I suppose all of this is the strongest reason to consider whether maybe there is no meaning or purpose to the cosmos--that the nontheists are right--that Jesus was one deluded Jew, pathetically wrong. And we humans are here only briefly and absurdly alone in an indifferent cosmos going no where for no purpose, as Bertrand Russell said--from darkness to darkness.

Only of course, I didn't choose such a path, nor many of the other human ways of perceiving existence, nor do I now. Despite the naysayers and twisters of all types, I still respond to the love of Ultimate Reality revealed in Yeshua, the Chosen One.

Next, we will consider the issue of the Atonement.

In the Light,

Daniel Wilcox


Hystery said...
This comment has been removed by the author.
Hystery said...

Dear Friend,

Sorry. Reposting due to trouble with my tenses.

For what it is worth, I don't think that Jesus was deluded. I think he knew. I think that that of God in him was so brilliant that it continues to shine to this day despite all the muck and grime the institutionalized Church has layered upon his memory. As I was reading this post, I thought of this, a favorite carol from my childhood:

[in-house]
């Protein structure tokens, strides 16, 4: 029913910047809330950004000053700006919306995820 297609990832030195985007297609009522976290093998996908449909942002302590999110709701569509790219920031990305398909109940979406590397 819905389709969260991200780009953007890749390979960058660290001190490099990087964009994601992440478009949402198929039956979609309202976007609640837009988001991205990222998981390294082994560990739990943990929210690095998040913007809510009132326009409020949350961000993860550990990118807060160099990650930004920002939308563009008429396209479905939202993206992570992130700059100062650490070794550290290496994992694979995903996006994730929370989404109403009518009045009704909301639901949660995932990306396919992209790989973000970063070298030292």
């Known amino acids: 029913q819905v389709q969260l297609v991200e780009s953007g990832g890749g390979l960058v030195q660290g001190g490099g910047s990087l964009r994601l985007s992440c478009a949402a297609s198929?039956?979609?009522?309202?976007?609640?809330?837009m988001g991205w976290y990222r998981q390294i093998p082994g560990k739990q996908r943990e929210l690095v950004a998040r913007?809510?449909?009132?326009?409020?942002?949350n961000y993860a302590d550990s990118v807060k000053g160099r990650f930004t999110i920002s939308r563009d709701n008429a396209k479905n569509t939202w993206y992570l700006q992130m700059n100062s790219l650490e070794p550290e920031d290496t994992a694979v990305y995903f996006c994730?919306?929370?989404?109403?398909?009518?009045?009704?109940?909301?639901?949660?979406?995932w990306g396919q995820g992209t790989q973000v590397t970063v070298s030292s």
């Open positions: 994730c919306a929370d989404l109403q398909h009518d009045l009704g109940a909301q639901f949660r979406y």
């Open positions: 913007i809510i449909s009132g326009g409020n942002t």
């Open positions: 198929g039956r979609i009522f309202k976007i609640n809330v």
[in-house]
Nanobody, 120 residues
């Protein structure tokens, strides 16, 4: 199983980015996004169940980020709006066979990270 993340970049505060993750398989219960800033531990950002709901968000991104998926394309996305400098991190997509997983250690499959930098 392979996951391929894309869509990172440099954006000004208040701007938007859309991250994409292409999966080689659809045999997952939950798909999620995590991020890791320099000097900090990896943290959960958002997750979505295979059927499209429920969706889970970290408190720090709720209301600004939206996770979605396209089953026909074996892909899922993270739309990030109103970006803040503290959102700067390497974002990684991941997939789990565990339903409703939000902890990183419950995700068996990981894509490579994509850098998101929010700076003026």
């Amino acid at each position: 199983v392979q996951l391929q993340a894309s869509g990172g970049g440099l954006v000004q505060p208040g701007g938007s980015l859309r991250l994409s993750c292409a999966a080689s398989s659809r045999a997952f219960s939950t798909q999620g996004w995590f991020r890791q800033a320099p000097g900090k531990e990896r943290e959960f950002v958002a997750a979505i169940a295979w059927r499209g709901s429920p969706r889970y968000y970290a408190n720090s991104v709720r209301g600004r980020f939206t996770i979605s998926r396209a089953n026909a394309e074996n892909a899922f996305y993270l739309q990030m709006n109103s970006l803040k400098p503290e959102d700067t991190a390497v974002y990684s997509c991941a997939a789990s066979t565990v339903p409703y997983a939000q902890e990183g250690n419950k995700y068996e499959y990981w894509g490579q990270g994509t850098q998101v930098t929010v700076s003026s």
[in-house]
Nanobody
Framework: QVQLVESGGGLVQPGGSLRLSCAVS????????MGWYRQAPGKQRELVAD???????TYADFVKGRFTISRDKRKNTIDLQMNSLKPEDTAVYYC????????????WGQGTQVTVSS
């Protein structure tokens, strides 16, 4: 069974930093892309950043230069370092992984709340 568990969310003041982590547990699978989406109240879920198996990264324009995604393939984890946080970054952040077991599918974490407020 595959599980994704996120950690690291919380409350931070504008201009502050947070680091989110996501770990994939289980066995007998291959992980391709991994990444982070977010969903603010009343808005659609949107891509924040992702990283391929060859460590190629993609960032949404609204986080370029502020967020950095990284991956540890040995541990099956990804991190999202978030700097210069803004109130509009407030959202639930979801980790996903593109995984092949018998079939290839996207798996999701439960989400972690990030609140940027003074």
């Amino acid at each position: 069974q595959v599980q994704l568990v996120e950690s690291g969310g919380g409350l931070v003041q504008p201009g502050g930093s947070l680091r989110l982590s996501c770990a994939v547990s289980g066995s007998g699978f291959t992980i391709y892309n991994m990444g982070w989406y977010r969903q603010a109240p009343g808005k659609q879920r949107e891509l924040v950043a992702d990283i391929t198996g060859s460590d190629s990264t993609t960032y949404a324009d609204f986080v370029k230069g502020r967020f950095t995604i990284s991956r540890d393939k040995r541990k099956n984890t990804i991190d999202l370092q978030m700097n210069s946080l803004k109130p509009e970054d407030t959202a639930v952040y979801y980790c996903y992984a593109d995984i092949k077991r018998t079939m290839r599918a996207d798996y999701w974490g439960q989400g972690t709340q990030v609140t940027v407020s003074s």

(Bob Beers)

The Beers Family - 1971
John Denver & The Muppets - 1979

The garment of life, be it tattered and torn
The cloak of the soldier is weathered and worn
But what Child is this that was poverty-born
The peace of Christmas Day

The hope that has slumbered for two thousand years
A promise that silenced a thousand fears
A faith that can hobble an ocean of tears
The peace of Christmas Day

Add all the grief that people may bear
Total the strife and the trouble and care
Put them in columns and leave them right there
The peace of Christmas Day

You do minister to me! As I read this and digested the thought of a non-theist understanding only impersonal, scientific energy, I realized that this is not how my heart understands this Energy. For me the Universe is En-Souled.